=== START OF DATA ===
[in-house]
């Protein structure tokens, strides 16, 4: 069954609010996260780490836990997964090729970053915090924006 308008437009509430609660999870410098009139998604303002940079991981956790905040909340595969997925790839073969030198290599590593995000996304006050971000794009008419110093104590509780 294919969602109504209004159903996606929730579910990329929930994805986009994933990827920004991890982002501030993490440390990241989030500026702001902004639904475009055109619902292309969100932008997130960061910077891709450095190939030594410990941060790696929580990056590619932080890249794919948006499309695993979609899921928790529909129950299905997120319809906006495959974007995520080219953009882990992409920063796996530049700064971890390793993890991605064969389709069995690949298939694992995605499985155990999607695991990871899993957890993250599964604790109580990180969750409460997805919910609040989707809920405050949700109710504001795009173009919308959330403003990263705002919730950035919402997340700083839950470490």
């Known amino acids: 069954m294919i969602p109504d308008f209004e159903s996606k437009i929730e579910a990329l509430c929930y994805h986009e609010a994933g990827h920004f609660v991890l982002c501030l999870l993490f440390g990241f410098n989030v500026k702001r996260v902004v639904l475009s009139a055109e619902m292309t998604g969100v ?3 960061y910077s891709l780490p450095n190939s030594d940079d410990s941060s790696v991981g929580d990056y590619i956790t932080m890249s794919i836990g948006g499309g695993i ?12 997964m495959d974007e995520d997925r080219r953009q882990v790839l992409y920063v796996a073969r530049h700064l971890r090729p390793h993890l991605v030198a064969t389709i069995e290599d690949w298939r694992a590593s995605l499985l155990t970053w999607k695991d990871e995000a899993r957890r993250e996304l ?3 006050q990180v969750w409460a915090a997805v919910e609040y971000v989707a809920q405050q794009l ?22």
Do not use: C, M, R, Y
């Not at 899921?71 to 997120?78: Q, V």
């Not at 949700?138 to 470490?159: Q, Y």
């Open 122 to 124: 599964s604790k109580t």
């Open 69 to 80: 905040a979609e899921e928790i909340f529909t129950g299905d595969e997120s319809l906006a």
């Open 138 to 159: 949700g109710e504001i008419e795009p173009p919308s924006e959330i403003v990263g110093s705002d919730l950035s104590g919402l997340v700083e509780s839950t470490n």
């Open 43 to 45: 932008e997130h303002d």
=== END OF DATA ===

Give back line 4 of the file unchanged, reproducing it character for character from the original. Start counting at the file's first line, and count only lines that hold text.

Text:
Do not use: C, M, R, Y